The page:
They say don’t judge a book by its cover, but in this case you’d do better not to judge a film by its subject. Dancing has had a poor showing in cinemas over the past few years, becoming synonymous with OTT smile-fests like the High School Musical films or even *shudder* Glee 3D.
Thankfully Footloose, a remake of the 1984 classic, manages to avoid this pitfalls to deliver an effective and entertaining slice of boogieing.
The story focuses on Ren McCormack (newcomer Kenny Wormald), a teenager from Boston who is thrown into a quiet, small-town existence where public dancing and rock music have been banned.
The film throws your footing almost immediately at the opening with a shocking and unexpected jolt of juxtaposition, immediately making it clear this isn’t a film just about dancing.
Wormald easily convinces as the slightly cocky but charismatic city-boy, and gives the audience someone to root for. The rest of the cast is a mixed bag. Love interest Ariel Moore (Julianne Hough) manages to tiptoe around the soppiness bear trap (just), with only a stray line which remains a bit on the cheddar side. Generic bully/boyfriend Chuck Cranston (Patrick John Flueger) delivers his character with all the subtlety of a punch in the face – which, incidentally, comes up literally more than you might expect – but effectively nails the obvious stereotype nonetheless.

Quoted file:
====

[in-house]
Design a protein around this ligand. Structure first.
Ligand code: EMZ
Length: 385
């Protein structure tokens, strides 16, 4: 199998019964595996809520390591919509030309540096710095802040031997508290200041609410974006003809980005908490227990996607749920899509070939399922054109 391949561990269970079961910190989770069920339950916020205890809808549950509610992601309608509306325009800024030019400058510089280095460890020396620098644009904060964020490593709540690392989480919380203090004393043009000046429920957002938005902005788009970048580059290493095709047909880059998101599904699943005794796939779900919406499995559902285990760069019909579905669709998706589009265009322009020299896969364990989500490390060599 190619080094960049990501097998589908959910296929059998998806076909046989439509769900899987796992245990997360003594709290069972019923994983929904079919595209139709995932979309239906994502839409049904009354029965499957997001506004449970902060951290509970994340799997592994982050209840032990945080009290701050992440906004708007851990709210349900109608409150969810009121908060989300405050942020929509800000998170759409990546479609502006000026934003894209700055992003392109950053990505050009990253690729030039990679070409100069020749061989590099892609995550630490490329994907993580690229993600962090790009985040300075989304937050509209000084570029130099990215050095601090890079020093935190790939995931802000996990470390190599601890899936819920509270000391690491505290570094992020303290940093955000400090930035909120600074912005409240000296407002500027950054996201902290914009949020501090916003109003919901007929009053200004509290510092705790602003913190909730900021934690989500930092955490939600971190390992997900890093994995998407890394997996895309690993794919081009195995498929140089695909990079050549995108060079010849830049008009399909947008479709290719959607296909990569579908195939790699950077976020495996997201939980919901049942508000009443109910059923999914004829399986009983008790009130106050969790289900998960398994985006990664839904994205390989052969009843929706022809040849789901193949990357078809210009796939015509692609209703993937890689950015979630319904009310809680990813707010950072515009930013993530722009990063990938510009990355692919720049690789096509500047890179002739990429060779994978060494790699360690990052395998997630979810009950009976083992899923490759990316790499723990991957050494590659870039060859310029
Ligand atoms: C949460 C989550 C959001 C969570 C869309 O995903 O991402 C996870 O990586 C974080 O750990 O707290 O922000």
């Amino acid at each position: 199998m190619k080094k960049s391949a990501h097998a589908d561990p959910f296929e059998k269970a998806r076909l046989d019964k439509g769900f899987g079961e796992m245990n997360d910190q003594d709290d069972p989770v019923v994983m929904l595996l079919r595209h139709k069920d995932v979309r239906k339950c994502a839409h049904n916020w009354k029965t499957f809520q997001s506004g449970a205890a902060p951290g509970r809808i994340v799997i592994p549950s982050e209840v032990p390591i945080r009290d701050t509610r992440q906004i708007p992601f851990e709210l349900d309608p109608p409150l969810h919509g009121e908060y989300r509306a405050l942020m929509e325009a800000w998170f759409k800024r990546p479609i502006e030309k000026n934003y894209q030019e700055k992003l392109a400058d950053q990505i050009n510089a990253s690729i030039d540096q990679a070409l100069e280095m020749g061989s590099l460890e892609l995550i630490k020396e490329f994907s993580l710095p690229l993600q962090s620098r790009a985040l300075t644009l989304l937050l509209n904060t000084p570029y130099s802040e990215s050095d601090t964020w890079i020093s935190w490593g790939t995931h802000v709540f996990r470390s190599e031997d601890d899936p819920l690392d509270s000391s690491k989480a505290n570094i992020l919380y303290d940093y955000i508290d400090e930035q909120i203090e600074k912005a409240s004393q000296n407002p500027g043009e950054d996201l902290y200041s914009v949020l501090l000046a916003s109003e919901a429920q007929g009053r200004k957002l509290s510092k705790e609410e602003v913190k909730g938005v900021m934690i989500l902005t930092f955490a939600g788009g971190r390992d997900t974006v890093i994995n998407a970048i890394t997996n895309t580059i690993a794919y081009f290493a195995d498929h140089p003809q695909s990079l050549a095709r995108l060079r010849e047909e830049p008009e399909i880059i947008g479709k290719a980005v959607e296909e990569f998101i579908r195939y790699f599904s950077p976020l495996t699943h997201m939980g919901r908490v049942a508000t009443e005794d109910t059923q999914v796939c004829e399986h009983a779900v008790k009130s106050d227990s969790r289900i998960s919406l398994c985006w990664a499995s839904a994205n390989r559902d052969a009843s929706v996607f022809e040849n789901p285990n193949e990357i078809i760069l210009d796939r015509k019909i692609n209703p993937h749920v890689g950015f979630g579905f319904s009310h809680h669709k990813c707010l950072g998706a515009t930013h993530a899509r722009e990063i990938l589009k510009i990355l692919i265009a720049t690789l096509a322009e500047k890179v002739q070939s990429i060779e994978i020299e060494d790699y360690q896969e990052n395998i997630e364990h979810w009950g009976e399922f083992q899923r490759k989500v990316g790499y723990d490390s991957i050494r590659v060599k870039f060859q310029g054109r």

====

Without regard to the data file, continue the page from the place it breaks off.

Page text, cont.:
Dennis Quaid, as probably the only easily recognisable face, seems troubled as preacher-man Reverend Moore, finding it hard to get the balance between the reserved man of the cloth and one who is forced to deal with the horrific concept of losing his son, who died in a car accident three years earlier after attending a public gathering, which let to the Reverend and the town council banning public dancing altogether.
Andie MacDowell, the Reverend’s wife Vi, falls short the most tellingly though, in a less compelling showing than her oft-seen face cream adverts.
Luckily Miles Teller is on hand as redneck dance-o-phobe Willard to give some much-needed comic relief, and is graced with the most memorable lines and moments in the film, such as being taught to dance by eight-year-old girls accompanied by a Barbie jukebox.
Dancing does, of course, still feature heavily through the film, embracing a number of different styles, and fits in more naturally than something like a musical where characters would undoubtedly burst into it every other scene.
The choreography of the group numbers is stellar and really has some infectious energy, not least the film’s signature tune – this time around given a slightly more country and upbeat feel compared to the original.
Comparisons to the 1984 flick are inevitable and there are differences – the town has moved states and the game of chicken happens on school buses rather than tractors, for example – but really there isn’t anything which seems glaringly out of place. There are some nice nods to the original, such as Wormald donning Kevin Bacon’s signature red tux for the finale, but really this is a film of its own, making a small but clear message of everything in moderation.
In the end the film won’t convert those who can’t stand seeing fresh-faced young teens dance their socks off, but for a film about dancing, you get a fair amount more than just a quick-step.
James Michael Parry